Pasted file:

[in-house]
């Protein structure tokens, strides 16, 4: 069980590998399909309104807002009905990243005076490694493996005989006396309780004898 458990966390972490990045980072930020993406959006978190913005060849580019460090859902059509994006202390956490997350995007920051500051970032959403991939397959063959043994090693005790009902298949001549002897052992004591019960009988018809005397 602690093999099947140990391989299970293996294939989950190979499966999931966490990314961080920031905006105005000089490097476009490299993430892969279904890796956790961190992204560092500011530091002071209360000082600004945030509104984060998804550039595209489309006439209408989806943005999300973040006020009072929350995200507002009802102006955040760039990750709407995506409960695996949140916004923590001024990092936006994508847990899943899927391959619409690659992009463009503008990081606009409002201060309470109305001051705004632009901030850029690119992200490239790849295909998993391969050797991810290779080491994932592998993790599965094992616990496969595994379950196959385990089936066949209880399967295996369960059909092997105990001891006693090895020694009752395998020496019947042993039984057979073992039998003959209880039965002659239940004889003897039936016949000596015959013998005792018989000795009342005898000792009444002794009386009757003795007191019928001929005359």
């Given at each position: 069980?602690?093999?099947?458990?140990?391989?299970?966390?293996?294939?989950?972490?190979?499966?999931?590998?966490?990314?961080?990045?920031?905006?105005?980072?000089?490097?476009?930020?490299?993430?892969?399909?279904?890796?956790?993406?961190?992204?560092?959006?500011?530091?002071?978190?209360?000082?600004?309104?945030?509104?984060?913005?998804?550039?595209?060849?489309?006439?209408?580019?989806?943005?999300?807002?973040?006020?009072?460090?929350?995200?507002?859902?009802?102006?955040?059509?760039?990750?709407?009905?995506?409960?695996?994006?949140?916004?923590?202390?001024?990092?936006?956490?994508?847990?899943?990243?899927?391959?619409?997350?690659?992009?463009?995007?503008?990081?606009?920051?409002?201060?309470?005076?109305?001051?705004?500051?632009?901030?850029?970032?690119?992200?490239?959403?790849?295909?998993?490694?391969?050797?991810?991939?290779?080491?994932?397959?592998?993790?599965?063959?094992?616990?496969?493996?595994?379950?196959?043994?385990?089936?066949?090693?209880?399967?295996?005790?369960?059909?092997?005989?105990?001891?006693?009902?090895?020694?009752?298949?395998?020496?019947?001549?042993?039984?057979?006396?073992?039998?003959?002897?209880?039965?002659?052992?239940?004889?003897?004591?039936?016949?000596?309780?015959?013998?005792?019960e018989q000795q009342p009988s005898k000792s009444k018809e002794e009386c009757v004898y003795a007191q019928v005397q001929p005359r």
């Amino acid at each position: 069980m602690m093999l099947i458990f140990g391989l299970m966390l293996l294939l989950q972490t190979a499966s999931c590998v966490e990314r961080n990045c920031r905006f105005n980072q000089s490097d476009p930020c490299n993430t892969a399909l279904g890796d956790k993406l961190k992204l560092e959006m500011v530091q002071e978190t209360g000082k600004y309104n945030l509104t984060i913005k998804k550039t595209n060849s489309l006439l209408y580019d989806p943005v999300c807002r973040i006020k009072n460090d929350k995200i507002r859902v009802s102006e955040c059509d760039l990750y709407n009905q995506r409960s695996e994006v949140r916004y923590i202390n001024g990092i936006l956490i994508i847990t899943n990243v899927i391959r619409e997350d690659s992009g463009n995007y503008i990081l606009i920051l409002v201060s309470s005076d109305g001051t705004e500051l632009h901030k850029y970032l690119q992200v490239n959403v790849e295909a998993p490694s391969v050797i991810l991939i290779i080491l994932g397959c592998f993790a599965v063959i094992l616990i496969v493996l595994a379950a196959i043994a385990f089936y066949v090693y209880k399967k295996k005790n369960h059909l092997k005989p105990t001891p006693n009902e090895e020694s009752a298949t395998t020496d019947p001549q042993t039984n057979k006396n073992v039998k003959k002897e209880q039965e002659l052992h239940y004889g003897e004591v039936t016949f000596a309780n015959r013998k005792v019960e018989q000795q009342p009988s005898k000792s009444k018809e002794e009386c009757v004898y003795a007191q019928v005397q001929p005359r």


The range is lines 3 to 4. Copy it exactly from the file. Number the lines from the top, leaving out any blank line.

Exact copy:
């Given at each position: 069980?602690?093999?099947?458990?140990?391989?299970?966390?293996?294939?989950?972490?190979?499966?999931?590998?966490?990314?961080?990045?920031?905006?105005?980072?000089?490097?476009?930020?490299?993430?892969?399909?279904?890796?956790?993406?961190?992204?560092?959006?500011?530091?002071?978190?209360?000082?600004?309104?945030?509104?984060?913005?998804?550039?595209?060849?489309?006439?209408?580019?989806?943005?999300?807002?973040?006020?009072?460090?929350?995200?507002?859902?009802?102006?955040?059509?760039?990750?709407?009905?995506?409960?695996?994006?949140?916004?923590?202390?001024?990092?936006?956490?994508?847990?899943?990243?899927?391959?619409?997350?690659?992009?463009?995007?503008?990081?606009?920051?409002?201060?309470?005076?109305?001051?705004?500051?632009?901030?850029?970032?690119?992200?490239?959403?790849?295909?998993?490694?391969?050797?991810?991939?290779?080491?994932?397959?592998?993790?599965?063959?094992?616990?496969?493996?595994?379950?196959?043994?385990?089936?066949?090693?209880?399967?295996?005790?369960?059909?092997?005989?105990?001891?006693?009902?090895?020694?009752?298949?395998?020496?019947?001549?042993?039984?057979?006396?073992?039998?003959?002897?209880?039965?002659?052992?239940?004889?003897?004591?039936?016949?000596?309780?015959?013998?005792?019960e018989q000795q009342p009988s005898k000792s009444k018809e002794e009386c009757v004898y003795a007191q019928v005397q001929p005359r």
């Amino acid at each position: 069980m602690m093999l099947i458990f140990g391989l299970m966390l293996l294939l989950q972490t190979a499966s999931c590998v966490e990314r961080n990045c920031r905006f105005n980072q000089s490097d476009p930020c490299n993430t892969a399909l279904g890796d956790k993406l961190k992204l560092e959006m500011v530091q002071e978190t209360g000082k600004y309104n945030l509104t984060i913005k998804k550039t595209n060849s489309l006439l209408y580019d989806p943005v999300c807002r973040i006020k009072n460090d929350k995200i507002r859902v009802s102006e955040c059509d760039l990750y709407n009905q995506r409960s695996e994006v949140r916004y923590i202390n001024g990092i936006l956490i994508i847990t899943n990243v899927i391959r619409e997350d690659s992009g463009n995007y503008i990081l606009i920051l409002v201060s309470s005076d109305g001051t705004e500051l632009h901030k850029y970032l690119q992200v490239n959403v790849e295909a998993p490694s391969v050797i991810l991939i290779i080491l994932g397959c592998f993790a599965v063959i094992l616990i496969v493996l595994a379950a196959i043994a385990f089936y066949v090693y209880k399967k295996k005790n369960h059909l092997k005989p105990t001891p006693n009902e090895e020694s009752a298949t395998t020496d019947p001549q042993t039984n057979k006396n073992v039998k003959k002897e209880q039965e002659l052992h239940y004889g003897e004591v039936t016949f000596a309780n015959r013998k005792v019960e018989q000795q009342p009988s005898k000792s009444k018809e002794e009386c009757v004898y003795a007191q019928v005397q001929p005359r």